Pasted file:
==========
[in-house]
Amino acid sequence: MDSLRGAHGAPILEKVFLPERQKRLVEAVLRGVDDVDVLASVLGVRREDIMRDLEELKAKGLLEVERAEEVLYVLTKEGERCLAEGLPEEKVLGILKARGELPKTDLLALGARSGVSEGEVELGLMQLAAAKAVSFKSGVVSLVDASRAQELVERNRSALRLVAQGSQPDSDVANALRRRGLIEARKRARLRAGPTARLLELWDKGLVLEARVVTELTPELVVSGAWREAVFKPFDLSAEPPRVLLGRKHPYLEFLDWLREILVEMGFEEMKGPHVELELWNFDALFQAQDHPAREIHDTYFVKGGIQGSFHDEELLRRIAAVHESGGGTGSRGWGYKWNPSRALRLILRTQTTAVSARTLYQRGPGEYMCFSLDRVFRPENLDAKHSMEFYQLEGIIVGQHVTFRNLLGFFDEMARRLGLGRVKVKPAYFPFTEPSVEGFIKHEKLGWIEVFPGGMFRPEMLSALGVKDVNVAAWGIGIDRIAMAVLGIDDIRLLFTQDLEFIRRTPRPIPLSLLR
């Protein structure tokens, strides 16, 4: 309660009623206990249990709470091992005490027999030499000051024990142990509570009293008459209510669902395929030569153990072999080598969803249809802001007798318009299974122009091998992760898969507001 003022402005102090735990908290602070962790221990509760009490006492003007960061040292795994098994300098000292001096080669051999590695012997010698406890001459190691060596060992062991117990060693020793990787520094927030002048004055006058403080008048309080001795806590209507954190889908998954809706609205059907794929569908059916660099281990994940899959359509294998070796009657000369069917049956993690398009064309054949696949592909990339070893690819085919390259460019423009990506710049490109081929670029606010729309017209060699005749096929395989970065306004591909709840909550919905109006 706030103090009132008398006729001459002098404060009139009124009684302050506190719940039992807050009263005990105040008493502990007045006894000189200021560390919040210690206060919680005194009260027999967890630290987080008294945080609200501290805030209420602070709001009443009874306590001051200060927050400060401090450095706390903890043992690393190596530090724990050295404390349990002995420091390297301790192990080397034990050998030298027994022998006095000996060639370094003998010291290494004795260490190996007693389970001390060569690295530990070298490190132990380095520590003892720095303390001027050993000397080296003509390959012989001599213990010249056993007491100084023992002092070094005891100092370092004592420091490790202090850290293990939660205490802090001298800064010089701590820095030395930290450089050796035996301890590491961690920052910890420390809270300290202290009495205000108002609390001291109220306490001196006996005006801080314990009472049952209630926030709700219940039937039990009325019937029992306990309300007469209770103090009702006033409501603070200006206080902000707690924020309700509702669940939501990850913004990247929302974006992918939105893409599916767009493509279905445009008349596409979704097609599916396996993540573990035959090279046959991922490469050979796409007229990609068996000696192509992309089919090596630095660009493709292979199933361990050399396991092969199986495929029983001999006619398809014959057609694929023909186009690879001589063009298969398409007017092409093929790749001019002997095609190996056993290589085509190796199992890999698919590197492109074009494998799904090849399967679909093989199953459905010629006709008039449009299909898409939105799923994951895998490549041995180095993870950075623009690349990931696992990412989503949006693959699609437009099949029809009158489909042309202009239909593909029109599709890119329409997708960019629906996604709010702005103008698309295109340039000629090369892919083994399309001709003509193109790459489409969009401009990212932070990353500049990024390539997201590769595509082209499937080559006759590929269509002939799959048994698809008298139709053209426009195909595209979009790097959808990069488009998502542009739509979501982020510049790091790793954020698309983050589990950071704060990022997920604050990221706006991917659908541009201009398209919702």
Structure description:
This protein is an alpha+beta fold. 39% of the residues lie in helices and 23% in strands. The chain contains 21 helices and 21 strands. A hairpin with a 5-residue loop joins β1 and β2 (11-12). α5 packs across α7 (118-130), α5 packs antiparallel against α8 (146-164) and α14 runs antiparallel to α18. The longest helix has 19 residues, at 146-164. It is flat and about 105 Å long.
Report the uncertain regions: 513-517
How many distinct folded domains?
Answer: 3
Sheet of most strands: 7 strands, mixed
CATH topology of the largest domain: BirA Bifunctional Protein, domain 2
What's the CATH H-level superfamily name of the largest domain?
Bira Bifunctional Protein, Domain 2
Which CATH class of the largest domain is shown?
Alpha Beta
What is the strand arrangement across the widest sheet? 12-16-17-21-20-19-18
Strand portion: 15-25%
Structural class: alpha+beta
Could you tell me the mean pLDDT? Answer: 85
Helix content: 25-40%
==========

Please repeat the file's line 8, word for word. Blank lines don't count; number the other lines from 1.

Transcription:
Answer: 3